- Police Beat
- The Forecaster
PEAKS ISLAND — Last year, the Peaks Island Council seemed doomed.
Four councilors resigned over frustration with Portland City Hall, and no one ran for three other open seats.
Eventually, three residents unwilling to allow the island’s only organized voice in City Hall to go silent waged stealthy, but successful write-in campaigns for the open seats. One received four votes, and the other two won with three votes each.
While they never claimed a mandate to do anything significant, they ultimately succeeded in their primary goal: to keep the island council alive.
The PIC, created during an unsuccessful secession effort in 2007, is an advisory panel to the City Council. But members said they still could not influence city policy, especially as it relates to public safety on the island.
The PIC seemed doomed again this year, when only one resident, Mary Anne Mitchell, turned in nomination papers for one of five open seats.
Stealth write-in campaigns aren’t an option this year, since changes to the City Charter now require candidates to declare write-in candidacies 45 days before Election Day.
Over the last week or so, three island residents have declared their write-in candidacies for the PIC, according to Election Administrator Bud Philbrook.
As of Monday, the PIC write-in candidates were Central Avenue resident Michael Sylvester for a two-year term; Brackett Avenue resident Richard Machlin for a one-year term, and Sterling Avenue resident Scott Kelley for a three-year term.
If one more person steps forward and declares their interest by Sept. 26 in the remaining three-year term, the PIC could have a full panel.
“So we actually face the disturbing possibility of a full seven-member council next year, if not an outright semi-competitive election,” said PIC member Rusty Foster, who shares the PIC leadership with Eric Eaton.
Mitchell, 66, works with the mentally ill as an employment specialist in Maine Medical Center’s Department of Vocational Services. She moved to the island in 1987.
Mitchell, a member of the Peaks Environmental Action Team, said she is primarily interested in working on environmental and other serious issues. She would also like to have a better working relationship with the city, she said.
Kelley, who was appointed to the council last year, said he decided to run for a three-year term as a write-in candidate simply to keep the council alive.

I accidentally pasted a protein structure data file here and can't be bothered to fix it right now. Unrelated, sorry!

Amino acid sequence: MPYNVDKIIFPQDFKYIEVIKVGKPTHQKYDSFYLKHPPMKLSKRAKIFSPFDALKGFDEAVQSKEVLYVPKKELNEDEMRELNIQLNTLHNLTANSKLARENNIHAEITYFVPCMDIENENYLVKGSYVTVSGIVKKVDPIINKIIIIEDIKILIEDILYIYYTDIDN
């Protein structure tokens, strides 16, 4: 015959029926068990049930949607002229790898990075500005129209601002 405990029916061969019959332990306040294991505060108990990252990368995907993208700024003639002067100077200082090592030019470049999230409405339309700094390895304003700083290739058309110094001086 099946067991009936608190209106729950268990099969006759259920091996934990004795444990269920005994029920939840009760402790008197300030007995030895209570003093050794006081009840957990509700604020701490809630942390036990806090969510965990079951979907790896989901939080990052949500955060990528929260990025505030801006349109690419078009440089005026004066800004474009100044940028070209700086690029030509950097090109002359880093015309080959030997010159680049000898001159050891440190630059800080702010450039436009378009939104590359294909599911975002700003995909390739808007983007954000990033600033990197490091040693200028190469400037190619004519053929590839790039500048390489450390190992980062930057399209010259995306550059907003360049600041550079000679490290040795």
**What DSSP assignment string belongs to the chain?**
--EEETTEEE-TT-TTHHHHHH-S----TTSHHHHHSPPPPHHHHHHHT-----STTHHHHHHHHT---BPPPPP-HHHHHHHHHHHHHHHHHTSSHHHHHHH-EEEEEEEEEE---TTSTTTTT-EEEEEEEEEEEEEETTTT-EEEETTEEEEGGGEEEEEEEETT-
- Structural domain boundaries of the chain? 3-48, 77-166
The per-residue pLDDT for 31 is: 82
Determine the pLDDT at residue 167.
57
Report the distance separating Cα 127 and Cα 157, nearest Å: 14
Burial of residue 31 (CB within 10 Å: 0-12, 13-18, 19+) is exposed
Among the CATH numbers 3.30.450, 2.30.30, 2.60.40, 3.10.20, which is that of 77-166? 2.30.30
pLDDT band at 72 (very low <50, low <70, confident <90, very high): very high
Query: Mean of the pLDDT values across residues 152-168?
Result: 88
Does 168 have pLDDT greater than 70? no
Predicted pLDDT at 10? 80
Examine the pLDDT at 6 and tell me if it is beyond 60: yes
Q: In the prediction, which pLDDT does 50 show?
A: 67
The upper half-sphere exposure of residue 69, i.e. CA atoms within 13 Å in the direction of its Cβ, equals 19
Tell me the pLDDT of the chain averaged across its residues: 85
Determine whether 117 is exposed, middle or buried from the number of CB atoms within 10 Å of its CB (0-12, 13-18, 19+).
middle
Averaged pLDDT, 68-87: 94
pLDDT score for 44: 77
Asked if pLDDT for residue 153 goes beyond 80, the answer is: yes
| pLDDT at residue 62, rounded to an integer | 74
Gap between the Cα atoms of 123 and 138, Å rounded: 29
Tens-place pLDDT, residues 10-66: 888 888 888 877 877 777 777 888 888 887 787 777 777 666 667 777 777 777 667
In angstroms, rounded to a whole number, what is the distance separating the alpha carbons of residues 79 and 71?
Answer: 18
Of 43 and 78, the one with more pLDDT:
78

“With everything that has happened out here over the last year, year and a half, I thought there’d be more people interested in running for the council,” the 48-year-old artist said. “But nobody came forward.”
Kelley said even though the council members rarely took itself seriously, they managed to have a relatively productive year, organizing forums with the Police Department, establishing a ferry pass rebate program and handling other island issues.
“We have lots we want to do,” he said. “We want to make sure things keep getting done, and I don’t think any of us really trust the city particularly to do what needs to be done.”
Last year’s election represented a shift in attitude for the PIC, which launched a Facebook page where councilors and residents opine about island and city issues.
The former council’s earnestness was seemingly replaced with deliberate foolishness, with new councilors promising not to do anything significant and sometimes begging residents to bring cookies to meetings.
Eaton, Foster and Sid Gerard, who resigned from the PIC after the island’s second secession bid from Portland fell flat in Augusta, were all sworn in at the pub in the Inn at Peaks Island, rather than at the community center.
Instead of gavels, the group used beer steins to call the meeting to order.
Even if they don’t take themselves seriously, the members recently delivered on a program to help defer transportation costs for islanders, rolling out at $25,000 rebate program on monthly or annual passes for the Casco Bay Ferry.
While Foster joked that the new interest in the PIC was a result of their “badgering,” Eaton has his own theory about why there are suddenly candidates for four of the five open seats.
“I’m assuming it’s because of our popular Ice Cream Sandwich Thursdays,” he said.